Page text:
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In class February 14-15 – Analyzing Imperialism Cartoons

For each of the cartoons that follow, annotate the various components of the toon, and then identify the issue and editorial comment. Use the document provided in class (along with the digital cartoons tomorrow). You should see a variety of perspectives … want to draw your own?

Here are the cartoons in more detail (and some with a little helpful analysis)

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Learning Experience for Feb 14-15 – American Imperialism

I can describe and evaluate the causes, events, and impact of American imperialism.

We will have a quick drive by  about American imperialism in our next class –  not because the topic isn’t important, but more due to the calendar and the amount of time allotted to NHD.  It’s a decent trade off, if you ask me.

While the US was pushing for reform at home, the country was also expanding abroad in the era of IMPERIALISM.  Should the US have been an imperial nation?  That’s our essential question!  How will we answer it?

We will be examining editorial cartoons in our next class regarding American imperialism.  To be PREPARED for the activity, you should spend 30 minutes (yup, it’s timed) watching America in the 20th Century: America Becomes a World Power (usmstudent, wildcats).  As you watch, consider the reasons why the United States became an expansionist country in the late 1800s, and then consider each example of American imperialism – ESPECIALLY THE SPANISH AMEIRCAN WAR.  Should the US have been an imperial nation? That’s your goal!


Want more? Check out our friend John Green!

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In class Feb 12-13 – Hexagonal Thinking and the Progressive Movement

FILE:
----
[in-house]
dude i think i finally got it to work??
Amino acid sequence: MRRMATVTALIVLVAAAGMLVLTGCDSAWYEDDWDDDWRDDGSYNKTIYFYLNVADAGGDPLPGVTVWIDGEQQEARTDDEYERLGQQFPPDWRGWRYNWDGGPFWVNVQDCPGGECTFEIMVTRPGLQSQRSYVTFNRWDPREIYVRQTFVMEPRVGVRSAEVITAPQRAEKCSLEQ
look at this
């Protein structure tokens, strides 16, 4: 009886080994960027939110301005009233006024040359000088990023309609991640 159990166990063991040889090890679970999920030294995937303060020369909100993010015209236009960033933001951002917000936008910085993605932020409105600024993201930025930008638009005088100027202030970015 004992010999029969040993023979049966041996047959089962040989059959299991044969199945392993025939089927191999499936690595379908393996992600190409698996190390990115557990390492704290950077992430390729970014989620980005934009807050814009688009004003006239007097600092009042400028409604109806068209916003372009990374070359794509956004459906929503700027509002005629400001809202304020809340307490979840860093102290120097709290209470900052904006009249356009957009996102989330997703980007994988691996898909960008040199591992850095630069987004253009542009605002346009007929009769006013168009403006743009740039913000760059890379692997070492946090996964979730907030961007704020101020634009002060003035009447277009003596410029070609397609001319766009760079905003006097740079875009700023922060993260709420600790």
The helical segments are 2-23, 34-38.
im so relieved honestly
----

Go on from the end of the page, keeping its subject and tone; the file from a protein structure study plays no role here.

Hexagons for Progressive Example


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Preparation for February 12 – Here come the Progressives!

As you have seen from our investigation of the Gilded Age, there was great of progress in the American  economy, industry, urbanization, and immigration during the late 1800s early 1900s. However, progress comes with a price.   Politics were controlled by the wealthy, and political machines were challenging they ideals of democracy in many of the cities. The income gap between the wealthy and the rest of the nation was enormous.  The environment was ignored for industrial growth, and pollution and destruction of resources became problematic. Cities were overcrowded, and tenement living was unhealthy at best, deadly at worst. People didn’t know what was going into their medicine or food. Monopolies were formed with large corporations controlling many of the major industries of the time, and workers’ worries were ignored or opposed by business and government.  Women were second class citizens, lacing political, economic, and social equality.  African Americans continued to face challenges in all parts of the country.